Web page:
- The LockBit ransomware group, which has been on a spree this summer, claimed responsibility for the June 18 attack on cybersecurity vendor Entrust.
- The company confirmed last month it was hit by the June attack, but declined to verify that ransomware was involved. It acknowledged some internal system files were stolen during the attack, but said its security products were not impacted.
- LockBit threatened to publish the stolen data Friday at 4:33 p.m. Eastern time, according to a dedicated data leak page it publishes. Brett Callow, threat analyst at Emsisoft, shared a screenshot of the threat on Twitter.
Entrust remains reluctant to share details about the incident, including how it happened and what type of data was stolen. The company did not respond to requests for comment.
The Minneapolis-based cybersecurity vendor has more than 10,000 customers, including federal government agencies, banks, insurance companies, and tech firms such as Microsoft and VMware. Its products span identity and access management, identity verification for IDs and passport issuance, payments, cloud security and data processing.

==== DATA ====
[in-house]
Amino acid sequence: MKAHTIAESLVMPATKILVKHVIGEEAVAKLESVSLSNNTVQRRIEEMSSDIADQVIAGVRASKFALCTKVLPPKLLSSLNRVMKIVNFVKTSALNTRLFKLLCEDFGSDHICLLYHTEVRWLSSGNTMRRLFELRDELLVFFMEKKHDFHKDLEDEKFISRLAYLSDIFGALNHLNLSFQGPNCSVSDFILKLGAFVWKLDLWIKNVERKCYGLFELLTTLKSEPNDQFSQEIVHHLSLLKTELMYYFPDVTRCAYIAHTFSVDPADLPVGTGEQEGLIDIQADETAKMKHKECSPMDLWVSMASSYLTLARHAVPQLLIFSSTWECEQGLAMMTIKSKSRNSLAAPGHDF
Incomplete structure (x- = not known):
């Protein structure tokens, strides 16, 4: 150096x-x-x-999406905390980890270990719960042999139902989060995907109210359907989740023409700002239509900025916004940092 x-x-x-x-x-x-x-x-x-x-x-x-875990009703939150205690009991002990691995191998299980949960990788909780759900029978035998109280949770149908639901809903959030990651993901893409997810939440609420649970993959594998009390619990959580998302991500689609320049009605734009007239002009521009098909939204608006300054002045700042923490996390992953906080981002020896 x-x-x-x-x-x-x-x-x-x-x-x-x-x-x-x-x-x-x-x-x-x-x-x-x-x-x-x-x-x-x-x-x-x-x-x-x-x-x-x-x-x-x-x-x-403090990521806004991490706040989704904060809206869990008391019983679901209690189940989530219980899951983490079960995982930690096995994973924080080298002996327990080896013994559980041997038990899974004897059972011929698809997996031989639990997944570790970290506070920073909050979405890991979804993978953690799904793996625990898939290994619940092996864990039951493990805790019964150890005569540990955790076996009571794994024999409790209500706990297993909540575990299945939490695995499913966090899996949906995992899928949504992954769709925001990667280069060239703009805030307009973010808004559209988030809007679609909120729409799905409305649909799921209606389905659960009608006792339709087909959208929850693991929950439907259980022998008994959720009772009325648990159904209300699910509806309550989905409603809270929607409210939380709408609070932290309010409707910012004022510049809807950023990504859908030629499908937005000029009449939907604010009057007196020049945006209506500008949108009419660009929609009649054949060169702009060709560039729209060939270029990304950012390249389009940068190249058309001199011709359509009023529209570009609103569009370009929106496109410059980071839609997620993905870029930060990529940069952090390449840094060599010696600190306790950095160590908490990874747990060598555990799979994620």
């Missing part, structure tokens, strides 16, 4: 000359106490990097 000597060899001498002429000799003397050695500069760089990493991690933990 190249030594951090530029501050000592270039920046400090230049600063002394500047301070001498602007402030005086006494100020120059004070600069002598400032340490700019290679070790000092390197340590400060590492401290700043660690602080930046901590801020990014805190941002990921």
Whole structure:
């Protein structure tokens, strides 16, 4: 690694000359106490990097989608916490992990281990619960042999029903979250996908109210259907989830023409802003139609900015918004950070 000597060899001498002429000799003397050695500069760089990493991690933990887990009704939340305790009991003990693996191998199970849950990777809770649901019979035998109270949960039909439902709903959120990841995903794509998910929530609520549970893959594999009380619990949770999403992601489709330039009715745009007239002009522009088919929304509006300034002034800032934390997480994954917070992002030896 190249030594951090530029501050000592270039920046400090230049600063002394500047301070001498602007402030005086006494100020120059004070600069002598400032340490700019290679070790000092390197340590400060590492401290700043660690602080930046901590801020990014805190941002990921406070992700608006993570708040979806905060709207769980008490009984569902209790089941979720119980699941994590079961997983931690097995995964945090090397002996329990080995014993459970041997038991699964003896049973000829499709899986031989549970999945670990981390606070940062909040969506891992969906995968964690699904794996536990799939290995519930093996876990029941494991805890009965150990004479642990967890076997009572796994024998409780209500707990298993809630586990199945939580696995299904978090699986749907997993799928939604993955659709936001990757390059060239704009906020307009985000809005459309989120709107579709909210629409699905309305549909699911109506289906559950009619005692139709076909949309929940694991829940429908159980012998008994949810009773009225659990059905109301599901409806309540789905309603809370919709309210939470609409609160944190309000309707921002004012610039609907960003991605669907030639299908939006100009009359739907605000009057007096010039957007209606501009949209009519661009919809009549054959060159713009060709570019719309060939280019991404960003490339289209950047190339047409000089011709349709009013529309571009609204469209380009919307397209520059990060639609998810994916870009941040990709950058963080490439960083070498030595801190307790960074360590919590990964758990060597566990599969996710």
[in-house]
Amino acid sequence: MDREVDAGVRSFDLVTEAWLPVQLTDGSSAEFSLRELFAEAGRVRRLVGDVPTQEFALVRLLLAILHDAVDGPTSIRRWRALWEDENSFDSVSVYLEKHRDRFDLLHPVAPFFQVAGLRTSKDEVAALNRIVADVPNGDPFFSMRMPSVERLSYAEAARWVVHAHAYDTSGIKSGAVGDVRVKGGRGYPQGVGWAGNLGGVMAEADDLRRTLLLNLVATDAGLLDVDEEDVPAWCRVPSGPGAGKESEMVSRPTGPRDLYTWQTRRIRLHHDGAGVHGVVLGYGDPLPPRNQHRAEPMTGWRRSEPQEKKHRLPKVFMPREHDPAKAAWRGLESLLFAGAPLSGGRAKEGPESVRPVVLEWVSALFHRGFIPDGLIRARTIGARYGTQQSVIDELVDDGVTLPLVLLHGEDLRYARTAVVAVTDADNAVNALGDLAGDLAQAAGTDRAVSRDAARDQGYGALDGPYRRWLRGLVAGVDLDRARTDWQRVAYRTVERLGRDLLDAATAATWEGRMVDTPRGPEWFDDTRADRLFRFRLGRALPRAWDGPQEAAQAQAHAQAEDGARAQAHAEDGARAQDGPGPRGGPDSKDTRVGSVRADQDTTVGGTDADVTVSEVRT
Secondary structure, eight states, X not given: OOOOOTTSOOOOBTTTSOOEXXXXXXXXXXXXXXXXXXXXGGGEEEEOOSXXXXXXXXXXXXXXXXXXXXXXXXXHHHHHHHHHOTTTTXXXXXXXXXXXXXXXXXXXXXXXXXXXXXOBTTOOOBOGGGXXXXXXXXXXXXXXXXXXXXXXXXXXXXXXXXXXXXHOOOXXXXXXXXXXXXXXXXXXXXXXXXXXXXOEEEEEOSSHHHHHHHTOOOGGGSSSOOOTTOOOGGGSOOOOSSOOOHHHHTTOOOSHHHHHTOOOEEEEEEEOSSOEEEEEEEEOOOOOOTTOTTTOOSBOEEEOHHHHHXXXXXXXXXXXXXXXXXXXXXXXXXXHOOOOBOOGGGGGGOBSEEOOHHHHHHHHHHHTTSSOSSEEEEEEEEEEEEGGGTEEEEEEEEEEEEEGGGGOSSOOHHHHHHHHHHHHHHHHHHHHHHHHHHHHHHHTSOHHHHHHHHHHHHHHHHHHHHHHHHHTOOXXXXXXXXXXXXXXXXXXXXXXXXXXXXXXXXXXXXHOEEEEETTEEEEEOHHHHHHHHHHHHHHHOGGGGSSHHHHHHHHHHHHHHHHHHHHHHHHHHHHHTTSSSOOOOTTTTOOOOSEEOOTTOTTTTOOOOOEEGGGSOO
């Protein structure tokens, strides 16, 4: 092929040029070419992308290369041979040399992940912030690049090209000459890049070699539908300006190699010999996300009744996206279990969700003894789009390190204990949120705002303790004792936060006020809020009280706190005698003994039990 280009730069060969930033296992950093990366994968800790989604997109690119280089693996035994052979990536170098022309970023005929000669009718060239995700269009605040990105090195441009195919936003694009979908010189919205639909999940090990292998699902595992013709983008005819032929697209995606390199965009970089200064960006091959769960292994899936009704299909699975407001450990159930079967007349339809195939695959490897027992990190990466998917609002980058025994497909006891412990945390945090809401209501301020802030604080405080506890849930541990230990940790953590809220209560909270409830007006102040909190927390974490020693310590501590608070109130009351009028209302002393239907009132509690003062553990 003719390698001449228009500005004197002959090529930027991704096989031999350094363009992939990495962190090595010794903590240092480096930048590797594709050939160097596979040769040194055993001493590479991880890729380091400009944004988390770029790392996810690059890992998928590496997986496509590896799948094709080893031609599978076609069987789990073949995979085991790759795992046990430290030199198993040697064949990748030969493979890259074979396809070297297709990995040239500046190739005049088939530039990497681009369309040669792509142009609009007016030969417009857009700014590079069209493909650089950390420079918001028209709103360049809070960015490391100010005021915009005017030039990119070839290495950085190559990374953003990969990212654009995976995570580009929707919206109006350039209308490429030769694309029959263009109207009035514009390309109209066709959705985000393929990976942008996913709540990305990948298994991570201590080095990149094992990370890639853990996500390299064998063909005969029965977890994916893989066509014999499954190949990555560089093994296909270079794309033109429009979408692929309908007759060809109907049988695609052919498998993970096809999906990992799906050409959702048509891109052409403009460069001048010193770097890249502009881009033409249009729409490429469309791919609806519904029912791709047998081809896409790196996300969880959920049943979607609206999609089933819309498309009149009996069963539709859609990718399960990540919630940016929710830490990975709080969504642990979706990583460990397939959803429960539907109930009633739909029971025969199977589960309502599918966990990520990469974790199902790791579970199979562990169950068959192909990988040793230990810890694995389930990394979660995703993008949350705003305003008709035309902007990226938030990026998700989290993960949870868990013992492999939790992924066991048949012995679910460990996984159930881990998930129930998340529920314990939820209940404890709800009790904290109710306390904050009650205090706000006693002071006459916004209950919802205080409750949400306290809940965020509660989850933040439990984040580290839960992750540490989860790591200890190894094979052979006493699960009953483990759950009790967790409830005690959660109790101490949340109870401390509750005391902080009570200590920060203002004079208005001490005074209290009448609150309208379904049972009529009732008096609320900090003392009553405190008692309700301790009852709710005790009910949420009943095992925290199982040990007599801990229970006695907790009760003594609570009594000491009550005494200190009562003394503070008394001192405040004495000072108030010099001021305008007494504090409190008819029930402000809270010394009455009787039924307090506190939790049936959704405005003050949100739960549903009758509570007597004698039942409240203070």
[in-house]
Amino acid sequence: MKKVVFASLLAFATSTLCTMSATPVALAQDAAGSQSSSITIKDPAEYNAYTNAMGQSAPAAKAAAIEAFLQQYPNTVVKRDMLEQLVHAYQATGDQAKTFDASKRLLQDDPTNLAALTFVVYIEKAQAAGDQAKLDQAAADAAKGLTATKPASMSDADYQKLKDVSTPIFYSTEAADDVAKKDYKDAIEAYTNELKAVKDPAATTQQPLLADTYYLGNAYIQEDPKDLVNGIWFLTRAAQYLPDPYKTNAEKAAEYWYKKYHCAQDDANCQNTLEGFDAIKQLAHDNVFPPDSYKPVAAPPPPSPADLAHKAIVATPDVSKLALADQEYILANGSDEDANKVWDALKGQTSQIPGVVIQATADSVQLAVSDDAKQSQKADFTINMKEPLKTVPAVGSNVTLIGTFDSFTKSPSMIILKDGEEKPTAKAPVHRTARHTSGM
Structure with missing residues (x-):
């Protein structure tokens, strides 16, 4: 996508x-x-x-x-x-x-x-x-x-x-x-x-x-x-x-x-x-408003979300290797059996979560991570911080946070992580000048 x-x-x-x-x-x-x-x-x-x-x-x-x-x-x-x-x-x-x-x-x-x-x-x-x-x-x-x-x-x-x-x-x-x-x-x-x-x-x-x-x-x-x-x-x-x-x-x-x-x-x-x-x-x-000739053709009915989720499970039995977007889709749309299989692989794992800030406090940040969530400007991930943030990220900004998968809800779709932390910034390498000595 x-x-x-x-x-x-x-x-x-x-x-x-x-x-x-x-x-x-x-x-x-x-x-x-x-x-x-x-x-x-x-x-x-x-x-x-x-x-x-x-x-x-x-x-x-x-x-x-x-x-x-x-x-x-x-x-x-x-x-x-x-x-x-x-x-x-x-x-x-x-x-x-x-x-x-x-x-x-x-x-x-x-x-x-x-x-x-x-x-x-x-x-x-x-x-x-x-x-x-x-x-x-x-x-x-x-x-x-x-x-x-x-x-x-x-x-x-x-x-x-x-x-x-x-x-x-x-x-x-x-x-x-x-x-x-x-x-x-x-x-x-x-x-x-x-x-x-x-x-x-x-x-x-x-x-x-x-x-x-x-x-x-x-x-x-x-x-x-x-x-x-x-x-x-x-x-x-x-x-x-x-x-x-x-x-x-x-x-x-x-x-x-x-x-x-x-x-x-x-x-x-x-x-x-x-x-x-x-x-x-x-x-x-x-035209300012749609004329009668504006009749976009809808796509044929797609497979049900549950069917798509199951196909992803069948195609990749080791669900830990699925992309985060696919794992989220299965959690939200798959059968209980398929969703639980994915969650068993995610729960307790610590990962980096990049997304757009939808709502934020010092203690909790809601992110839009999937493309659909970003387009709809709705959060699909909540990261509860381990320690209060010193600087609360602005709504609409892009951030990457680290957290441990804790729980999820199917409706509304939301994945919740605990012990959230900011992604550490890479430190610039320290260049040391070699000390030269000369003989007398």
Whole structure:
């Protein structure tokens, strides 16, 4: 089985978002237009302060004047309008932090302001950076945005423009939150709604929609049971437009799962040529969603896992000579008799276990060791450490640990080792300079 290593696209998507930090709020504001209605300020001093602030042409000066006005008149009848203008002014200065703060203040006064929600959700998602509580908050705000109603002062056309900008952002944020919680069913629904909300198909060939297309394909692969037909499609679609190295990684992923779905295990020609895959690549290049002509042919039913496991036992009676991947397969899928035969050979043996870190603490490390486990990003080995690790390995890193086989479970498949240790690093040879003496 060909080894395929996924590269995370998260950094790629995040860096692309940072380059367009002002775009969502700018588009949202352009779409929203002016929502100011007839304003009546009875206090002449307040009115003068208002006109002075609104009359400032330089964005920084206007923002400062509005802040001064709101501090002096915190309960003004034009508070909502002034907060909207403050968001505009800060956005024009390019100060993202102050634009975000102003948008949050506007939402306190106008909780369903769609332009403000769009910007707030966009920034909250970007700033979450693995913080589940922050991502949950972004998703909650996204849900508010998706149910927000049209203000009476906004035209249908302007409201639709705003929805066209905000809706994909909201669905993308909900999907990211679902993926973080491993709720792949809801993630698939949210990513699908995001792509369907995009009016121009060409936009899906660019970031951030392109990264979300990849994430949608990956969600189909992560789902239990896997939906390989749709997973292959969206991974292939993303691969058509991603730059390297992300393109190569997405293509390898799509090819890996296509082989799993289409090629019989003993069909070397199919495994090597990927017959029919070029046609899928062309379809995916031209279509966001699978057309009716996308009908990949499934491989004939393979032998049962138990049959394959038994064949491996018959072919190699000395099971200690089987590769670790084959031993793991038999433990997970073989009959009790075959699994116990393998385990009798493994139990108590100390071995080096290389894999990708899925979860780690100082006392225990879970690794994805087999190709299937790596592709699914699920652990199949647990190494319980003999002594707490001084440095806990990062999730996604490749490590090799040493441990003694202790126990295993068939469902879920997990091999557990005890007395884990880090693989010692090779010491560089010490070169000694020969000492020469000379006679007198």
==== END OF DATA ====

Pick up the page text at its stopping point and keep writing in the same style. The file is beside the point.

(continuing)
Company officials last month said the attack only impacted systems used for internal operations. Law enforcement was notified of the attack and an unnamed cybersecurity firm has been hired to help with the investigation, the company said at the time.
Entrust’s products and services “are run in separate, air-gapped environments from our internal systems and are fully operational,” Ken Kadet, VP of public relations and communications, said in a statement last month.
LockBit’s claim and threat to publish stolen data comes two months after the incident, suggesting negotiations regarding a ransom have stalled or yet to fulfill LockBit’s demands.
The prolific ransomware as a service group first appeared in September 2019 and is now on version 3.0 of its ransomware strain and payloads. LockBit has claimed responsibility for hundreds of attacks and Broadcom’s threat hunting team at Symantec recently observed affiliates infiltrating on-premises servers to spread malware on targeted networks.